# Cellular induction

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Cellular induction is a technique used to prove things about cellular spaces, particularly about CW-complexes, and about their underlying topological spaces.

## Contents

## Overall proof scheme

Most proofs using cellular induction require us to construct a particular object for the -skeleton in a naturally compatible manner. The proof thus has the following ingredients:

- Constructing an initial object (i.e. for the -skeleton)
- Showing how to pass from the object constructed for the -skeleton to an object constructed for the -skeleton, in a compatible way
- Arguing that this gives the required object for the whole space

## The induction step

The induction step is usually the step where the maximum hardwork needs to be done. The induction step usually consists of two parts:

- One part involves reducing the problem to the case where we are attaching only one cell. This step usually invokes the fact that the interiors of the -cells attached do
*not*interfer with each other, and so we can independently prove things for each -cell attached. - The second part involves actually proving the result for attaching a single cell.

### Type of facts used in the induction step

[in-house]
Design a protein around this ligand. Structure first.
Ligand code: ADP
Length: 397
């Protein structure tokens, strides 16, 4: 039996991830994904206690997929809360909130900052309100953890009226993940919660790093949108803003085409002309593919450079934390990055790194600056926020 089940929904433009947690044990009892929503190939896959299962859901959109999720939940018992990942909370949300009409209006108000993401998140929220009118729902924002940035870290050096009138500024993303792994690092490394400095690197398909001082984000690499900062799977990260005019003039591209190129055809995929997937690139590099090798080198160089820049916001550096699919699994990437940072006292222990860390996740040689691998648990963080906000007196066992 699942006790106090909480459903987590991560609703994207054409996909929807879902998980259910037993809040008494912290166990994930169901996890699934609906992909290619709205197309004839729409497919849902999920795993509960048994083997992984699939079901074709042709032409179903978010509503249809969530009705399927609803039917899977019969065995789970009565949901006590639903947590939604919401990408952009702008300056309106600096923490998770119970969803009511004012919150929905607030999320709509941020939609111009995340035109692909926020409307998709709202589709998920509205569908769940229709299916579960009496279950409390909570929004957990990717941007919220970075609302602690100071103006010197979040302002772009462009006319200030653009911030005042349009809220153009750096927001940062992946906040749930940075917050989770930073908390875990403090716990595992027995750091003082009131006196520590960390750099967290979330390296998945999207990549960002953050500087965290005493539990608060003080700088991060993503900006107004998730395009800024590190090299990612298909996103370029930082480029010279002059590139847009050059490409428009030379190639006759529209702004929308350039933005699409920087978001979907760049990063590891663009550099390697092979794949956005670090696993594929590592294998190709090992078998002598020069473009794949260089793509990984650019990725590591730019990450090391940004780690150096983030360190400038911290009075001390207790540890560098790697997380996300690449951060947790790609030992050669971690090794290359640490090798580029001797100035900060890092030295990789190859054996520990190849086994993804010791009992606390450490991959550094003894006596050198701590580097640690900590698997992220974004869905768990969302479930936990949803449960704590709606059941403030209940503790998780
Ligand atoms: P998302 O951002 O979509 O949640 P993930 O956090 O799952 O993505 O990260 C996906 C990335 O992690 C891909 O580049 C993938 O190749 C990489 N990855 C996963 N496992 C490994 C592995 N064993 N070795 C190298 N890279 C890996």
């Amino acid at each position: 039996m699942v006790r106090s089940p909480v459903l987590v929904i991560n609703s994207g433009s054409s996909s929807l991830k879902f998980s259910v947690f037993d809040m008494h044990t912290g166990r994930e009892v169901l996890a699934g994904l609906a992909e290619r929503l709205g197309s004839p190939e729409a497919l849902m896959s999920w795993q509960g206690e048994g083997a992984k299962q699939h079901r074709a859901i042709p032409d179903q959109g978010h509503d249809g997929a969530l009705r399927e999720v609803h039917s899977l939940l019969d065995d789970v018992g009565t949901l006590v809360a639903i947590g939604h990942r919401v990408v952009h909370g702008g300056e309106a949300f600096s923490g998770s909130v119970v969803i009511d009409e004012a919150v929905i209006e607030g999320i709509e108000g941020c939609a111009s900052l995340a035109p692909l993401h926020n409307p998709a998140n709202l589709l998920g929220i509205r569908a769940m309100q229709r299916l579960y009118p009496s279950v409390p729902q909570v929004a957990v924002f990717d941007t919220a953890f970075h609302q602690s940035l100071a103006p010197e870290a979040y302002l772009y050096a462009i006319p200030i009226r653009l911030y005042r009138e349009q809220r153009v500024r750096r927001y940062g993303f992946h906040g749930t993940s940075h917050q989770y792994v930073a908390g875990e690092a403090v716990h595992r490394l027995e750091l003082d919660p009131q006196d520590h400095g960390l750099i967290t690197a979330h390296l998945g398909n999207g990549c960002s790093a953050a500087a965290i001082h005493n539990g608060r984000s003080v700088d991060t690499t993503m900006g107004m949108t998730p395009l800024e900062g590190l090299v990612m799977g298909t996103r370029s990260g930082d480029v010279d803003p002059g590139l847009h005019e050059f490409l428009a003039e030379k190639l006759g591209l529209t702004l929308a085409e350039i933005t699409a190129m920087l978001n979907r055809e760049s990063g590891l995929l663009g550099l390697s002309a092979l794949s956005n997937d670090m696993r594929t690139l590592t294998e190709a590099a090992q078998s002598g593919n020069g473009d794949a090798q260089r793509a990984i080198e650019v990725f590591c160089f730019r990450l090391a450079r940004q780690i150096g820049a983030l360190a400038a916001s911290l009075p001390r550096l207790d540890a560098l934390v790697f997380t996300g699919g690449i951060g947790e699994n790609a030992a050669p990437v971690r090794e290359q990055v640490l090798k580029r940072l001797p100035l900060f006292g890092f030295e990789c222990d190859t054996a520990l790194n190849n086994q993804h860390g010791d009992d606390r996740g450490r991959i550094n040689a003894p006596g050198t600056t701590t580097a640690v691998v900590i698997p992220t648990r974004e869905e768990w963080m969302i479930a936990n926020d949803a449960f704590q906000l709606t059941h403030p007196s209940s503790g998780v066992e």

In this step, we need to use the topological properties of the -disc, and its boundary. In particular, the -disc is compact, normal, metrizable, contractible, path-connected, locally path-connected. Also the boundary is a strong deformation retract of the disc minus any point in the interior, and the boundary is a closed subset of the disc.

## The final step

The final step uses two kinds of arguments:

- The fact that the topology on the whole space is completely determined by what happens at -skeletons
- The fact that any compact subset must lie completely inside a -skeleton for some finite (used particularly when dealing with CW-complexes)

### Proofs involving the construction of subsets

The key fact to use here is that a subset is open (respectively, closed) in if and only if is open (respectively closed) in . Thus, if our goal is to construct an open or closed set satisfying certain properties, we can construct an ascending sequence of open (respectively, closed) subsets, with the property that for . The union of these gives an open (respectively, closed) set.

Of course, some more work may be needed to show that the way we choose s ensures that their union has the desired properties.

### Proofs involving the construction of maps or homotopies

The key fact here is that if is a function such that is continuous for every , then so is . Thus, to obtain a continuous function , we can work by obtaining a sequence such that for . Then, the naturally defined which sends to for any with is continuous.

We can do the same thing for homotopies between maps from to ; this is a crucial ingredient in the proof of the cellular homotopy theorem (also called cellular approximation theorem).